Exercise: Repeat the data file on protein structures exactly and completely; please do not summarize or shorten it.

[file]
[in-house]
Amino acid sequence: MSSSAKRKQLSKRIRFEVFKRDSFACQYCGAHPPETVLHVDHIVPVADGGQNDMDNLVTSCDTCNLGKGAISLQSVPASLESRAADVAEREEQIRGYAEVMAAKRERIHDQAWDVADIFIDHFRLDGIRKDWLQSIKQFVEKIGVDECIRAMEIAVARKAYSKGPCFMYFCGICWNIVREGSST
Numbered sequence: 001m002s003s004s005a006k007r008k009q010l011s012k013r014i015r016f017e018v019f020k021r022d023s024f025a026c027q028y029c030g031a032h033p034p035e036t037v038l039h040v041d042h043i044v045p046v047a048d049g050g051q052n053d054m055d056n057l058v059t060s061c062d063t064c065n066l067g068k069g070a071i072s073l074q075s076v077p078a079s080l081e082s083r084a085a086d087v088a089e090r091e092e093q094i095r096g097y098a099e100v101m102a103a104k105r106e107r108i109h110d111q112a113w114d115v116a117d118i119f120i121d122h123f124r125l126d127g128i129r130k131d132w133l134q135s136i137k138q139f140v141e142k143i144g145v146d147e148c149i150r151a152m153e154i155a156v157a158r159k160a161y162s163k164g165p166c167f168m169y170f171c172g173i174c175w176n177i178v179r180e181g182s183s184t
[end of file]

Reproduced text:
[in-house]
Amino acid sequence: MSSSAKRKQLSKRIRFEVFKRDSFACQYCGAHPPETVLHVDHIVPVADGGQNDMDNLVTSCDTCNLGKGAISLQSVPASLESRAADVAEREEQIRGYAEVMAAKRERIHDQAWDVADIFIDHFRLDGIRKDWLQSIKQFVEKIGVDECIRAMEIAVARKAYSKGPCFMYFCGICWNIVREGSST
Numbered sequence: 001m002s003s004s005a006k007r008k009q010l011s012k013r014i015r016f017e018v019f020k021r022d023s024f025a026c027q028y029c030g031a032h033p034p035e036t037v038l039h040v041d042h043i044v045p046v047a048d049g050g051q052n053d054m055d056n057l058v059t060s061c062d063t064c065n066l067g068k069g070a071i072s073l074q075s076v077p078a079s080l081e082s083r084a085a086d087v088a089e090r091e092e093q094i095r096g097y098a099e100v101m102a103a104k105r106e107r108i109h110d111q112a113w114d115v116a117d118i119f120i121d122h123f124r125l126d127g128i129r130k131d132w133l134q135s136i137k138q139f140v141e142k143i144g145v146d147e148c149i150r151a152m153e154i155a156v157a158r159k160a161y162s163k164g165p166c167f168m169y170f171c172g173i174c175w176n177i178v179r180e181g182s183s184t